Remember when your parents wanted you to perform totally unreasonable demands (like keeping quiet in the car or cleaning your room), so they tried to trick you into thinking it would be fun by calling it a game? I'm sure I'm not the only one who ever played "The Quiet Game" or "The Pick Up Toys Game" or "The See How Many Blades of Grass You Can Cut With Your Teeth Game".
Anyway, let me assure you right now: BOXGAME does not in any way involve heavy lifting. I know it sounds like a trick your buddy might pull on you when they are moving and want your help, but it's nothing of the sort.
No, the source of Boxgame's name is obvious once you realize that it's basically a platformer wrapped around a box (or several). Use the [arrow] keys to guide your nameless, faceless hero to the exit, grabbing a key along the way if you need it. When you reach the edge of a face, the level rotates, bringing the new face to the front. What makes Boxgame tricky is the fact that gravity is always down. This would, of course, be perfectly normal for a 2D platformer, but makes all the difference in 3D. Now, the gravity on any given face can be different, depending on just how you got there. Don't quite understand? Load up level 9 and jump towards the corner for a quick demonstration.
This gravitational oddity bears some resemblance to games like Shift, where you can rotate the entire screen. The effect is a bit more subtle in Boxgame, and slightly harder to grasp, but gamemaker Sophie Houlden (who incidentally made Linear RPG) makes it easy, with a gentle difficulty curve to get you used to all this rotating business. The first three levels are basically tutorials, but then things start to get tricky. Elements like spikes, color-specific platforms, and arrows that redefine gravity are gradually introduced, and the levels grow larger and more complex. To help you get your bearings on the later levels, you can zoom out by holding down [space] and rotate the view with the [arrow] keys. As of the time of writing there are 15 levels, but more are being added, so check back often!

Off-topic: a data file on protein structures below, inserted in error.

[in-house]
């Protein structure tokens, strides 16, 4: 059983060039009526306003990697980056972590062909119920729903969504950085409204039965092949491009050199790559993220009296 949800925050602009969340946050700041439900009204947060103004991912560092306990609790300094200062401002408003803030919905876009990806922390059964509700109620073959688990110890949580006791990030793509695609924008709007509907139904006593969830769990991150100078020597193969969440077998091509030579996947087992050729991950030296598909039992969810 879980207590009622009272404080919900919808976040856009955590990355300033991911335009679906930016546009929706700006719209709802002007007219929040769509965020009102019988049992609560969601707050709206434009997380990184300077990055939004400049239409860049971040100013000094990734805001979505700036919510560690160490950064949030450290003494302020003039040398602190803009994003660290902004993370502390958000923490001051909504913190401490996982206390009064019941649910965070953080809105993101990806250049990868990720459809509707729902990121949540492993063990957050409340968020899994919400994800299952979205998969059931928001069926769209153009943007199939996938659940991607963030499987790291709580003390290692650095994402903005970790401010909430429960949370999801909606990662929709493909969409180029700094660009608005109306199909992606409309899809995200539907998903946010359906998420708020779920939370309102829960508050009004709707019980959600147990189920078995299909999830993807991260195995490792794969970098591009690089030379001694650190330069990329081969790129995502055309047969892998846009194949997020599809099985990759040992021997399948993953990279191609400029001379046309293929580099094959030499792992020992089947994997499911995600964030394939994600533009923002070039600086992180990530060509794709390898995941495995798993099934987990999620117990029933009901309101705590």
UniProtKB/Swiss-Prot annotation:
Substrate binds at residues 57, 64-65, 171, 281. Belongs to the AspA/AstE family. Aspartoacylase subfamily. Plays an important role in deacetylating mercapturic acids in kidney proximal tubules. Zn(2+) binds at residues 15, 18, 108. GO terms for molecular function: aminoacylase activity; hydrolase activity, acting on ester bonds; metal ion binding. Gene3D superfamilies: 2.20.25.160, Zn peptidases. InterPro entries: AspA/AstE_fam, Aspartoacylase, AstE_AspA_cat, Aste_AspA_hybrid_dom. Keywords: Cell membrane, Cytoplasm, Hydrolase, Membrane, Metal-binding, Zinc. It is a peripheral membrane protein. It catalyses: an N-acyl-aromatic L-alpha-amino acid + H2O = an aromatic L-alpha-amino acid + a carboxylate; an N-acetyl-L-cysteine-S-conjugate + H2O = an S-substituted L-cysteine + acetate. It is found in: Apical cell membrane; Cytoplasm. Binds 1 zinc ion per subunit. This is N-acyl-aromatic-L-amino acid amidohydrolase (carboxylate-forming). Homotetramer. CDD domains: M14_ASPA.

Analysis: Clearly, the meaty goodness of Boxgame lies in its unique concept and level design. Houlden makes good use of a few simple devices to strike a good balance between puzzle-solving and platforming skill, both of which are needed in heavy doses in the later levels. Most levels also use space in a quite elegant way, with very little excess. The visual and audio aspects of the game are only as sophisticated as they need to be, and no more.
Boxgame also excels at an often underappreciated aspect of games: usability. Entering the options page provides you with a palette of customizable controls, including colors to suit any type of colorblindness, adjustable mouse sensitivity, and 5 quality levels. In addition, there are multiple ways to rotate the level for a better view (holding [shift] or [space] and using the [arrow] keys, or just dragging the mouse), a choice between constant or sudden camera rotation (press [tab]), and the option to walk instead of run (hold [S]). The only area with less than stellar usability is the level menu navigation — it's sometimes hard to select a level with the constant shifting around.
But nobody plays games just because they're usable. They play them because they're fun! And no matter how you look at it, Boxgame is fun to play. Don't forget your teddy bear!